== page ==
A quick check of Facebook and next thing you know, a half-hour’s passed. Start chatting with a co-worker and suddenly 20 minutes is gone and the report you were supposed to finish by lunch is late.
Workplace distractions are everywhere, especially in an age of social media and open-plan offices. In the face of so much temptation, accomplishing what you’re paid to do can be tough.
Tough, but not impossible. To find out more, I asked successful professionals from various walks of life for their secrets to staying productive and getting things done at work. Here’s what they said:
Christopher Kim, an earth and environmental sciences professor at Chapman University, prioritizes his to-do list using efficiency expert Stephen Covey’s time-management system. Kim assigns tasks to one of four quadrants based on how urgent and important they are, from “Urgent and Important” to “Not Urgent and Not Important.” He keeps his quadrant to-do list on a piece of paper in front of his laptop stand at all times.
Vanessa Scarbo, human resources and operations director at Irvine, California-based Burnham Benefits Insurance Services, likes to get a head start on hers. “Before I leave the office for the day, I have started the to-do list for the next, rolling over items that didn’t get completed or require follow-up,” she says.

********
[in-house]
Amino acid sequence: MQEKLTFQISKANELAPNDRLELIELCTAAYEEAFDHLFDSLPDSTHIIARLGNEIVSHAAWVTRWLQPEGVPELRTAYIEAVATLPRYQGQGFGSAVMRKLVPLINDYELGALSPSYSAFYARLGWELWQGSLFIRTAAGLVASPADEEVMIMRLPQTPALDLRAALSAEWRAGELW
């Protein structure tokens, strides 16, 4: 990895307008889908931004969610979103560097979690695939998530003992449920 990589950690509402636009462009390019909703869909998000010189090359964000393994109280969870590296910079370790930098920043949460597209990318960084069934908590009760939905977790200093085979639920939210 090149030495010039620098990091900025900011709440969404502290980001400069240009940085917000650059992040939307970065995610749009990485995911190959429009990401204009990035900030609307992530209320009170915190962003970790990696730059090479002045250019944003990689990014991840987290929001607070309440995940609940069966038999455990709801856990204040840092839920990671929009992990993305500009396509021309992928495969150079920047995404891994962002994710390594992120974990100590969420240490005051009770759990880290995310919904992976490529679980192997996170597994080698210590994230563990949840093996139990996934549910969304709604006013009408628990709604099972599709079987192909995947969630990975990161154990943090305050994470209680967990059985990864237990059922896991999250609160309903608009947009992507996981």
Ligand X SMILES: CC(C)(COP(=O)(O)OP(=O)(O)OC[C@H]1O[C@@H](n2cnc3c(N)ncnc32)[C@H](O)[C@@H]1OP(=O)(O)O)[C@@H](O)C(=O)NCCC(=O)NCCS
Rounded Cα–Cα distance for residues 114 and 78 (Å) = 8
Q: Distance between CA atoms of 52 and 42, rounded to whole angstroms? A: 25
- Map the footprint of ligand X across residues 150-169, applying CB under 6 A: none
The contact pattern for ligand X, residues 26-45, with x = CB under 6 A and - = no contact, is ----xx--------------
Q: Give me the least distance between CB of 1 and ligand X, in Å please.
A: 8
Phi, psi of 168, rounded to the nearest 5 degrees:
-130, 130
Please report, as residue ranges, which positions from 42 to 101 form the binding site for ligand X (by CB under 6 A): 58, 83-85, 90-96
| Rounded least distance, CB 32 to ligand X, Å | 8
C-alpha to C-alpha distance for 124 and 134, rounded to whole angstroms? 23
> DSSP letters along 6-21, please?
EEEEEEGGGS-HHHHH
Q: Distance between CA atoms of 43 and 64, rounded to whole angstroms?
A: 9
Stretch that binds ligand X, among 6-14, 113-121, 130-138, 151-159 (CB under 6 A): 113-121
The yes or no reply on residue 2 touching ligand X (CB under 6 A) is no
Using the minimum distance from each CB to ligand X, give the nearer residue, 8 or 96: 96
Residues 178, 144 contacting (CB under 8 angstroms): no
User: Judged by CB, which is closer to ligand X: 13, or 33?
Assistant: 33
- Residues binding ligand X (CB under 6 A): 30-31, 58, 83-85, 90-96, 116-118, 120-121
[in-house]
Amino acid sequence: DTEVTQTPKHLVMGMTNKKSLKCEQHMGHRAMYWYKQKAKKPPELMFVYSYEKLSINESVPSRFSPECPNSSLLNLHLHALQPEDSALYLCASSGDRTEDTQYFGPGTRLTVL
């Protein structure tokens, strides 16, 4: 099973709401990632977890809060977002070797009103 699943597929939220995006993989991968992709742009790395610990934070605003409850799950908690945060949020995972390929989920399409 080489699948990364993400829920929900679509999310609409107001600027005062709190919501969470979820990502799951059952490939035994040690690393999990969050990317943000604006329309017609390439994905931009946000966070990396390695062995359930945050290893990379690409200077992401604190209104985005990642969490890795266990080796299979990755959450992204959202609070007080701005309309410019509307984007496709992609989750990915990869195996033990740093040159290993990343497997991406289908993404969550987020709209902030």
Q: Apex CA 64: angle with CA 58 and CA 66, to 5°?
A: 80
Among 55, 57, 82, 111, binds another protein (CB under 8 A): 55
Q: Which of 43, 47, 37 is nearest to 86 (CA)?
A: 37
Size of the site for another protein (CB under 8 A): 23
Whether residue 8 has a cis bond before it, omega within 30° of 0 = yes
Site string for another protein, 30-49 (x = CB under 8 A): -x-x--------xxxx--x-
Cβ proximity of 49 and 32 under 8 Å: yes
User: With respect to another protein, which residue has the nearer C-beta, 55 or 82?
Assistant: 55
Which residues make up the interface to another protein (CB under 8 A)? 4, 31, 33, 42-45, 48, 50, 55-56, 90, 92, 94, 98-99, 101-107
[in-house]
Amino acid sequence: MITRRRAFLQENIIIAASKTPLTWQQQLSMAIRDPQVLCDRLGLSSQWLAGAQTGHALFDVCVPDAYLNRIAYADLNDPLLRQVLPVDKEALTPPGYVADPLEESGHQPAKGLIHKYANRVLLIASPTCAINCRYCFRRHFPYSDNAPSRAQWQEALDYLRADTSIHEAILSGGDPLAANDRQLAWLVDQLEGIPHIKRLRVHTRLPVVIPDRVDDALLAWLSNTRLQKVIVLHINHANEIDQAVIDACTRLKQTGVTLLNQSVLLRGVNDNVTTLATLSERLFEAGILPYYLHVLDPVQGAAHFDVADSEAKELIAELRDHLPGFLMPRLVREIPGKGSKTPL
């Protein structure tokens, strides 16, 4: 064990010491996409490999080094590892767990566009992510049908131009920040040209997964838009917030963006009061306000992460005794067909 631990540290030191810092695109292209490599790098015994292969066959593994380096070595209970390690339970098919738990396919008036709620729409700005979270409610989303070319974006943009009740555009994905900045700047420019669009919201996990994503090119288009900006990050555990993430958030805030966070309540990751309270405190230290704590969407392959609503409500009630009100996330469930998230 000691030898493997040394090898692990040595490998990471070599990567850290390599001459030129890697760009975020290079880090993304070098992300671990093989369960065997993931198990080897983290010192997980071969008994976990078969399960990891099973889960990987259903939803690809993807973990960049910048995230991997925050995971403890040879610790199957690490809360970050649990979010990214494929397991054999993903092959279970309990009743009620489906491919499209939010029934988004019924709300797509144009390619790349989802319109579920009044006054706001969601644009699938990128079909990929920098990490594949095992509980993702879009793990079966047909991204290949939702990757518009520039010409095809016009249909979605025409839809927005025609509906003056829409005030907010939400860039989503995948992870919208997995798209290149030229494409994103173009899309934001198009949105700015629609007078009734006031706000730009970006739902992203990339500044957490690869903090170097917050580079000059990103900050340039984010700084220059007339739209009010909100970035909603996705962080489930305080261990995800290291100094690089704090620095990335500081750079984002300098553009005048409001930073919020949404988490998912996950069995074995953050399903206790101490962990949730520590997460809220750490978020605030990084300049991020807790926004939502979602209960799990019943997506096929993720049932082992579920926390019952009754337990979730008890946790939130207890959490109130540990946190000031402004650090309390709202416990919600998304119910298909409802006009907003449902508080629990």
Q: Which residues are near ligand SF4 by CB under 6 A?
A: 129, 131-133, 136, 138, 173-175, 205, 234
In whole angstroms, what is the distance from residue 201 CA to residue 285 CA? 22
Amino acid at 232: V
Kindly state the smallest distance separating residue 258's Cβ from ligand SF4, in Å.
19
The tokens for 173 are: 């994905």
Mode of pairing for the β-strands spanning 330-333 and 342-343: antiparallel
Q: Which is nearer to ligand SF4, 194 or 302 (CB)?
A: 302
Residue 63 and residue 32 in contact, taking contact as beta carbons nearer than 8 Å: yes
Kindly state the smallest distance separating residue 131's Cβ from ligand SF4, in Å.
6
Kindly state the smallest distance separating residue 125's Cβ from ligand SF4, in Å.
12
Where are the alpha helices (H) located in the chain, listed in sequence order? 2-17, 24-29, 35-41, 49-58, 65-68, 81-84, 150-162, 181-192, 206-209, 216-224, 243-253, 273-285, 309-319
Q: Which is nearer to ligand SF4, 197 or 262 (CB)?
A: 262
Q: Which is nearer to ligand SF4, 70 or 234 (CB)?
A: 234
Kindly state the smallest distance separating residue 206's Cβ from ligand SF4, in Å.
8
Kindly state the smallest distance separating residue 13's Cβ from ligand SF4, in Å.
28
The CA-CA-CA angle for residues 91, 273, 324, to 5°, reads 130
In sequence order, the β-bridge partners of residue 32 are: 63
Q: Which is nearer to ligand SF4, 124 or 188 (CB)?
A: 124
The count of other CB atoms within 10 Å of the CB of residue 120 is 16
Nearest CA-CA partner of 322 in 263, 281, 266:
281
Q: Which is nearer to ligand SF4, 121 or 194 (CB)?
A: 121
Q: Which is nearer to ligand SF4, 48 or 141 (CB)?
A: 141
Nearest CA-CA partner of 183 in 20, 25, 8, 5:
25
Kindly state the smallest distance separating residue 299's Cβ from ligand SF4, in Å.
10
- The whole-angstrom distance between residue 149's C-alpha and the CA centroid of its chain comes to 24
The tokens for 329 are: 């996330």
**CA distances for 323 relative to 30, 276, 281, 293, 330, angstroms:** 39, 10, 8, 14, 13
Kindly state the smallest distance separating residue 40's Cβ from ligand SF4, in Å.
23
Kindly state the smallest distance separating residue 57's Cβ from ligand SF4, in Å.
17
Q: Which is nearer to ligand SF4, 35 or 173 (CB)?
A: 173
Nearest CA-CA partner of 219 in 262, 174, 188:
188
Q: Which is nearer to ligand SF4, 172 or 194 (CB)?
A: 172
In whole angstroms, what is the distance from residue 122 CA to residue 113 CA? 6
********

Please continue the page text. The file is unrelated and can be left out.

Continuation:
“Ideally, by the end of the day, I have completed more A and B tasks than C,” Dyer says.
Lana Rushing, founder of Rushing PR in Los Angeles, tackles tough assignments early in the day, “with a coffee in hand if I can.”
At Burnham Benefits, Scarbo keeps Microsoft Outlook open to her task list, not to her email inbox, so she’s not constantly checking for messages.
Ries, the Los Angeles lawyer, sets aside time at lunch and in late afternoon to shop online, check Facebook or email her assistant an errand list. “As anyone who works long hours can attest, attending to personal matters at work is unavoidable, and the mental break is necessary,” she says.
Kim, the Chapman professor, keeps a refillable stainless steel water bottle at his desk and refills it throughout the day. “It gets me out of my office periodically to the filtered water bottle refill station one floor up, keeps me well hydrated, and has me moving around enough to ward off sleepiness during those down times.”
Michelle V. Rafter writes for The Orange County Register.